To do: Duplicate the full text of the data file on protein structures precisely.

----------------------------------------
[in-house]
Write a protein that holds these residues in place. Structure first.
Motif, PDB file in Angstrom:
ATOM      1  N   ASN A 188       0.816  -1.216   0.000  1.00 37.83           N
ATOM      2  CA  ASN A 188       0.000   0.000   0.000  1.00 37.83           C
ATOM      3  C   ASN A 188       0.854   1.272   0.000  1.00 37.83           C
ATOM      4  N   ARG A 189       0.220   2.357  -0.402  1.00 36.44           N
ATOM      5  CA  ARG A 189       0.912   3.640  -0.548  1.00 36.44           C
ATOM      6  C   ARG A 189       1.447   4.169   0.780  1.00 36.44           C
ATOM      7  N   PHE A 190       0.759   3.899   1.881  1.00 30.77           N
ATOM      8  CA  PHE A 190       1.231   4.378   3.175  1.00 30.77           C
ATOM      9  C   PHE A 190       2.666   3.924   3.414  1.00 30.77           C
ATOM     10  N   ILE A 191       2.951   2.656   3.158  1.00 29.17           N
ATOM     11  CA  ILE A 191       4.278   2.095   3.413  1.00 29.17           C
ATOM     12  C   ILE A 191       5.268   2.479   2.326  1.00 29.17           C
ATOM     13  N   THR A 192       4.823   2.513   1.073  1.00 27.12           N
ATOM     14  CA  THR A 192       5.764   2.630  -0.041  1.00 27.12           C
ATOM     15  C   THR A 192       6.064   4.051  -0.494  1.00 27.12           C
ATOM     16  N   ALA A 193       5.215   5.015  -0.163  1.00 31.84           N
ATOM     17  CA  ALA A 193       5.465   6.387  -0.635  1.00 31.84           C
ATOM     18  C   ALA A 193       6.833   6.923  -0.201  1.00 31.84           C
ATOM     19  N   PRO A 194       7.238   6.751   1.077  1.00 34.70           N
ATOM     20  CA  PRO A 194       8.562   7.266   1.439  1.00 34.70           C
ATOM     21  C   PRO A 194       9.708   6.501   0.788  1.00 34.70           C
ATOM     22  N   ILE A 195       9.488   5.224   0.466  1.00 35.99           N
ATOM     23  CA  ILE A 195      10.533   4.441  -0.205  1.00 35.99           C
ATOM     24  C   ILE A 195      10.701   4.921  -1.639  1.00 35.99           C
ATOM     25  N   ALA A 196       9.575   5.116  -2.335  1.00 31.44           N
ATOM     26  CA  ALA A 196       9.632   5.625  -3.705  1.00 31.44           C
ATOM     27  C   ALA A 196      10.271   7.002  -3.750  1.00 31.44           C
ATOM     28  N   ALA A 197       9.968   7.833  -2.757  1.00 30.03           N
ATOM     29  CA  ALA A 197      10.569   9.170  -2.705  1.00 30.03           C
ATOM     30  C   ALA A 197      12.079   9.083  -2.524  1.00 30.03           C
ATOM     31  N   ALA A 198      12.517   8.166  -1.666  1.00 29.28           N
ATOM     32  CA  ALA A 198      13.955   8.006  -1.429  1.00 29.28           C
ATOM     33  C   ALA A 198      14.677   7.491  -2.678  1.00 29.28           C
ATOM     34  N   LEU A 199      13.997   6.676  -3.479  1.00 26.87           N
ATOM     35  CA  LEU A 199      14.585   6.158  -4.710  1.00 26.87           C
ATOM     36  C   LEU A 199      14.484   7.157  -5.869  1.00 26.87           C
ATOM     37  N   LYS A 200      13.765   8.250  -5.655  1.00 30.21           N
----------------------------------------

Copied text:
[in-house]
Write a protein that holds these residues in place. Structure first.
Motif, PDB file in Angstrom:
ATOM      1  N   ASN A 188       0.816  -1.216   0.000  1.00 37.83           N
ATOM      2  CA  ASN A 188       0.000   0.000   0.000  1.00 37.83           C
ATOM      3  C   ASN A 188       0.854   1.272   0.000  1.00 37.83           C
ATOM      4  N   ARG A 189       0.220   2.357  -0.402  1.00 36.44           N
ATOM      5  CA  ARG A 189       0.912   3.640  -0.548  1.00 36.44           C
ATOM      6  C   ARG A 189       1.447   4.169   0.780  1.00 36.44           C
ATOM      7  N   PHE A 190       0.759   3.899   1.881  1.00 30.77           N
ATOM      8  CA  PHE A 190       1.231   4.378   3.175  1.00 30.77           C
ATOM      9  C   PHE A 190       2.666   3.924   3.414  1.00 30.77           C
ATOM     10  N   ILE A 191       2.951   2.656   3.158  1.00 29.17           N
ATOM     11  CA  ILE A 191       4.278   2.095   3.413  1.00 29.17           C
ATOM     12  C   ILE A 191       5.268   2.479   2.326  1.00 29.17           C
ATOM     13  N   THR A 192       4.823   2.513   1.073  1.00 27.12           N
ATOM     14  CA  THR A 192       5.764   2.630  -0.041  1.00 27.12           C
ATOM     15  C   THR A 192       6.064   4.051  -0.494  1.00 27.12           C
ATOM     16  N   ALA A 193       5.215   5.015  -0.163  1.00 31.84           N
ATOM     17  CA  ALA A 193       5.465   6.387  -0.635  1.00 31.84           C
ATOM     18  C   ALA A 193       6.833   6.923  -0.201  1.00 31.84           C
ATOM     19  N   PRO A 194       7.238   6.751   1.077  1.00 34.70           N
ATOM     20  CA  PRO A 194       8.562   7.266   1.439  1.00 34.70           C
ATOM     21  C   PRO A 194       9.708   6.501   0.788  1.00 34.70           C
ATOM     22  N   ILE A 195       9.488   5.224   0.466  1.00 35.99           N
ATOM     23  CA  ILE A 195      10.533   4.441  -0.205  1.00 35.99           C
ATOM     24  C   ILE A 195      10.701   4.921  -1.639  1.00 35.99           C
ATOM     25  N   ALA A 196       9.575   5.116  -2.335  1.00 31.44           N
ATOM     26  CA  ALA A 196       9.632   5.625  -3.705  1.00 31.44           C
ATOM     27  C   ALA A 196      10.271   7.002  -3.750  1.00 31.44           C
ATOM     28  N   ALA A 197       9.968   7.833  -2.757  1.00 30.03           N
ATOM     29  CA  ALA A 197      10.569   9.170  -2.705  1.00 30.03           C
ATOM     30  C   ALA A 197      12.079   9.083  -2.524  1.00 30.03           C
ATOM     31  N   ALA A 198      12.517   8.166  -1.666  1.00 29.28           N
ATOM     32  CA  ALA A 198      13.955   8.006  -1.429  1.00 29.28           C
ATOM     33  C   ALA A 198      14.677   7.491  -2.678  1.00 29.28           C
ATOM     34  N   LEU A 199      13.997   6.676  -3.479  1.00 26.87           N
ATOM     35  CA  LEU A 199      14.585   6.158  -4.710  1.00 26.87           C
ATOM     36  C   LEU A 199      14.484   7.157  -5.869  1.00 26.87           C
ATOM     37  N   LYS A 200      13.765   8.250  -5.655  1.00 30.21           N